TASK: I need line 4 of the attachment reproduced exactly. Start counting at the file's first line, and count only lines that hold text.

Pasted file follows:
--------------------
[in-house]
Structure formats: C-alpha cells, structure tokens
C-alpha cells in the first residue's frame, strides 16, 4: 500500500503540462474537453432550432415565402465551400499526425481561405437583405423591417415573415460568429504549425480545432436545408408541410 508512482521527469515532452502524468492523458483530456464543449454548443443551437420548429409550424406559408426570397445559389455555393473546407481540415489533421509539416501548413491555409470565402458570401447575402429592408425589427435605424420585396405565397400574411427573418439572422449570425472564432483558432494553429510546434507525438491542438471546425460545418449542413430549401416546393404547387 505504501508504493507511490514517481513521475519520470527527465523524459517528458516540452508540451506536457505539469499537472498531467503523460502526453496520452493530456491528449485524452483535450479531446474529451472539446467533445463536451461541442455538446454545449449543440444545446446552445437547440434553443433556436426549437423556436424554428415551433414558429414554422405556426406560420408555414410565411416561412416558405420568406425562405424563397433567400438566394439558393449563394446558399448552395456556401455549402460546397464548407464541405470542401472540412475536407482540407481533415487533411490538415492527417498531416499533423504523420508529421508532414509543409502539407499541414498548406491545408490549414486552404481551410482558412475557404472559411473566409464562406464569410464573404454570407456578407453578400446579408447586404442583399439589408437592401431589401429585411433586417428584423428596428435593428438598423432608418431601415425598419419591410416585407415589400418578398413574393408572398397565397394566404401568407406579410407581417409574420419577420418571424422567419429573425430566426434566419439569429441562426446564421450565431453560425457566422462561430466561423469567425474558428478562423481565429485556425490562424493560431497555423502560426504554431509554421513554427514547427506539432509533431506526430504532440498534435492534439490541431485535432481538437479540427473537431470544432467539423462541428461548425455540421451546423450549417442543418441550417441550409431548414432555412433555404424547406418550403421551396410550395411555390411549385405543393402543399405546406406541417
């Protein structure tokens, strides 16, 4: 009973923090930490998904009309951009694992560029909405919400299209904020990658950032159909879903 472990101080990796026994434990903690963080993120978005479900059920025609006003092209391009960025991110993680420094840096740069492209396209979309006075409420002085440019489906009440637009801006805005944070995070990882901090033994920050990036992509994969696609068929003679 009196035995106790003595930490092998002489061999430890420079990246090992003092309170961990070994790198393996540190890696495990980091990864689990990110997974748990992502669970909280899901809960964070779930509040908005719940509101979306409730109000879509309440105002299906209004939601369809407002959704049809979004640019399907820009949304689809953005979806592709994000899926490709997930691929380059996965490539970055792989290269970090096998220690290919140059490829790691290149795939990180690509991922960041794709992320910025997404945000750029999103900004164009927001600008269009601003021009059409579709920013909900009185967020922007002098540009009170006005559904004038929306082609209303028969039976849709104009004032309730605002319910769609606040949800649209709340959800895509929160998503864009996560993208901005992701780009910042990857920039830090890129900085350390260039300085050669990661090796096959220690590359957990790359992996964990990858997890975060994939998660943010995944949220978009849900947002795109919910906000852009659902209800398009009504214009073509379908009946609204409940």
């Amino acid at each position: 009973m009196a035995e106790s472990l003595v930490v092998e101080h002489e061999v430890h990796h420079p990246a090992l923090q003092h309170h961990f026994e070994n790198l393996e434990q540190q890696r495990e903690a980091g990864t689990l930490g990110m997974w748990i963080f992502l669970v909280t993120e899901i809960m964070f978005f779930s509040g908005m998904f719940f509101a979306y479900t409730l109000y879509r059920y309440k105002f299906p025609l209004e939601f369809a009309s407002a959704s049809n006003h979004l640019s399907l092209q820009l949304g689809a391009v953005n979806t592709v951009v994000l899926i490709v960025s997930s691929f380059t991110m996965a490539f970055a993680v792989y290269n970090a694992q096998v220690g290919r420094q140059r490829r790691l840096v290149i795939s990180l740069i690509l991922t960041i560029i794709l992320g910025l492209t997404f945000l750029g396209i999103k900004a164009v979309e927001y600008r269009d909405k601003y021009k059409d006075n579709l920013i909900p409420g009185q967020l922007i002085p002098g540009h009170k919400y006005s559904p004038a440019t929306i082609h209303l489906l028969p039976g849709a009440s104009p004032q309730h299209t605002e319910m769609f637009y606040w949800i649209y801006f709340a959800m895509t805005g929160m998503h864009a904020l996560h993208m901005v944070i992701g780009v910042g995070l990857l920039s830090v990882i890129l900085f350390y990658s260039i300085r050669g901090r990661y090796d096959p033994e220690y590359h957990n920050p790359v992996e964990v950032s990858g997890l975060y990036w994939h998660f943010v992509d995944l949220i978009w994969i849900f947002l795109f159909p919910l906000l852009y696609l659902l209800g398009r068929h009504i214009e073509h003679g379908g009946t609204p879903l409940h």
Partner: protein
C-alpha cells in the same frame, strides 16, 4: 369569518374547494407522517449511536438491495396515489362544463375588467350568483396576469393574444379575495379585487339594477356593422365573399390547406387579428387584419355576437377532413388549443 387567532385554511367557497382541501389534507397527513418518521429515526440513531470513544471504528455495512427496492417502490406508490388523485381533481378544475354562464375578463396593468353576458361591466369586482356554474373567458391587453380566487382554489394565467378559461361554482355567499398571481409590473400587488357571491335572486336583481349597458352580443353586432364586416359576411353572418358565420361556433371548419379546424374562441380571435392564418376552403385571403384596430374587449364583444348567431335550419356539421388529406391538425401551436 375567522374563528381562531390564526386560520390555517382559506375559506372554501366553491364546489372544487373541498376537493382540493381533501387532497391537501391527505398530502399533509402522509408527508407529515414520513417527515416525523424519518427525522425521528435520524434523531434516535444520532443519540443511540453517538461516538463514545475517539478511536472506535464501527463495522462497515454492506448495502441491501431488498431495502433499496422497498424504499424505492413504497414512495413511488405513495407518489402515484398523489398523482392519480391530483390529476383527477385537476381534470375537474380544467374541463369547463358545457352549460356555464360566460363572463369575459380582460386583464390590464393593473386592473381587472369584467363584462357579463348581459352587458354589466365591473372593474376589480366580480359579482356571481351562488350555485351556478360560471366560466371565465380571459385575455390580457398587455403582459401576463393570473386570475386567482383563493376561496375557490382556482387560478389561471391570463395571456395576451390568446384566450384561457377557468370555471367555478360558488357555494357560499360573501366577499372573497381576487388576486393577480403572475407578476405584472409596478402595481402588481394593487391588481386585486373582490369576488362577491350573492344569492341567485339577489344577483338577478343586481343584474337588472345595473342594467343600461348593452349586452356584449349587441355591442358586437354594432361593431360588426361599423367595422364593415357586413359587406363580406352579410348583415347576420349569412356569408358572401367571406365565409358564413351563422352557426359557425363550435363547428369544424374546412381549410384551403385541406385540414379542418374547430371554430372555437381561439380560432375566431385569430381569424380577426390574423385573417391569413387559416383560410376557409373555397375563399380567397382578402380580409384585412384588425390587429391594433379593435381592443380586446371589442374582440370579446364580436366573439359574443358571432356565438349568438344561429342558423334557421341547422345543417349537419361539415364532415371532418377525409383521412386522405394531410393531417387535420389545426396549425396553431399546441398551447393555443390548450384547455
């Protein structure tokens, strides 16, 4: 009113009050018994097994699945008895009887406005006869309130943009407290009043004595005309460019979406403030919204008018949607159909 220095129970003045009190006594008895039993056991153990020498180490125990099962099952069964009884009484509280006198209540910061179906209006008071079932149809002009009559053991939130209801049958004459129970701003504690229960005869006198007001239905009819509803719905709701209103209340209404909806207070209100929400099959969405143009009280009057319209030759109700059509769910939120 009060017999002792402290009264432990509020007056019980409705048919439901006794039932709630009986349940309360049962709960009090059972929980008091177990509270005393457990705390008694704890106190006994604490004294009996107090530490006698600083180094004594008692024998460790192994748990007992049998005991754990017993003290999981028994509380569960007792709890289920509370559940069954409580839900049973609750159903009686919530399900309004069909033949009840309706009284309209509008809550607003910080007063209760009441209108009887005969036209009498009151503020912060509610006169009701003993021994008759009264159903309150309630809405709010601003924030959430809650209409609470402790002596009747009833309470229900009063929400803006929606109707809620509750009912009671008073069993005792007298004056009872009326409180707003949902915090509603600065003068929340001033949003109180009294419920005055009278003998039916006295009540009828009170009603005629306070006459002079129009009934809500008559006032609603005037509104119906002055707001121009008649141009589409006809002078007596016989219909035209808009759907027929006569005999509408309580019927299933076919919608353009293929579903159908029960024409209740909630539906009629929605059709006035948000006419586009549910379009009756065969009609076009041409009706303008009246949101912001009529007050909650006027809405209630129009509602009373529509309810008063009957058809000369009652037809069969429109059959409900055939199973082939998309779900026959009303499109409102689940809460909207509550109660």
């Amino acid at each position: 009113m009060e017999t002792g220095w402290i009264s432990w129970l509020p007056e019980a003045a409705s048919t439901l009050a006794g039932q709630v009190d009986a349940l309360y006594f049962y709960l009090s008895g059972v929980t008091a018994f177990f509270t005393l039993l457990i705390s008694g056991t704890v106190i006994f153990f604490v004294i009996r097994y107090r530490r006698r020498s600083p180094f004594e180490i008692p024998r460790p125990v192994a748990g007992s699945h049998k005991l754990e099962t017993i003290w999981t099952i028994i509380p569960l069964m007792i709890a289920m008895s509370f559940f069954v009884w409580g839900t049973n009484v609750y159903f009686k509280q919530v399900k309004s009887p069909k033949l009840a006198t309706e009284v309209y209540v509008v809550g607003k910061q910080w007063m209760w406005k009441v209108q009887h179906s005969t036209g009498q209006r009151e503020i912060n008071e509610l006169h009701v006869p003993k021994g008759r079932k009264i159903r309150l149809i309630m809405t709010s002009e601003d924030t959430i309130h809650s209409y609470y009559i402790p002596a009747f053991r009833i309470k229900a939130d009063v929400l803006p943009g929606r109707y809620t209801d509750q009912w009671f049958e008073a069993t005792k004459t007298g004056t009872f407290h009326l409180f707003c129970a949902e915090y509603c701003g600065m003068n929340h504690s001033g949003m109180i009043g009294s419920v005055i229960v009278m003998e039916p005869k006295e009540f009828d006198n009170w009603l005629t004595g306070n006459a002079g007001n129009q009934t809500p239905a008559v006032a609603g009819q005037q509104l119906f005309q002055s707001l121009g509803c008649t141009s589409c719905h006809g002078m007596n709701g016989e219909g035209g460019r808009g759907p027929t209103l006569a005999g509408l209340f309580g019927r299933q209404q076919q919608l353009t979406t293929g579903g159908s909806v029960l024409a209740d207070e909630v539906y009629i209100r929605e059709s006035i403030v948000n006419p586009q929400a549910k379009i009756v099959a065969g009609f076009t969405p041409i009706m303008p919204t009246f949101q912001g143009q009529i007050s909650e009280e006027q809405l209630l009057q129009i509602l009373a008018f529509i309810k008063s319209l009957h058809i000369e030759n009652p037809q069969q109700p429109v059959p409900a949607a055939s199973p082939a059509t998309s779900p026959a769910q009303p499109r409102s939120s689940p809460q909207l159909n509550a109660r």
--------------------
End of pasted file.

């Protein structure tokens, strides 16, 4: 009973923090930490998904009309951009694992560029909405919400299209904020990658950032159909879903 472990101080990796026994434990903690963080993120978005479900059920025609006003092209391009960025991110993680420094840096740069492209396209979309006075409420002085440019489906009440637009801006805005944070995070990882901090033994920050990036992509994969696609068929003679 009196035995106790003595930490092998002489061999430890420079990246090992003092309170961990070994790198393996540190890696495990980091990864689990990110997974748990992502669970909280899901809960964070779930509040908005719940509101979306409730109000879509309440105002299906209004939601369809407002959704049809979004640019399907820009949304689809953005979806592709994000899926490709997930691929380059996965490539970055792989290269970090096998220690290919140059490829790691290149795939990180690509991922960041794709992320910025997404945000750029999103900004164009927001600008269009601003021009059409579709920013909900009185967020922007002098540009009170006005559904004038929306082609209303028969039976849709104009004032309730605002319910769609606040949800649209709340959800895509929160998503864009996560993208901005992701780009910042990857920039830090890129900085350390260039300085050669990661090796096959220690590359957990790359992996964990990858997890975060994939998660943010995944949220978009849900947002795109919910906000852009659902209800398009009504214009073509379908009946609204409940």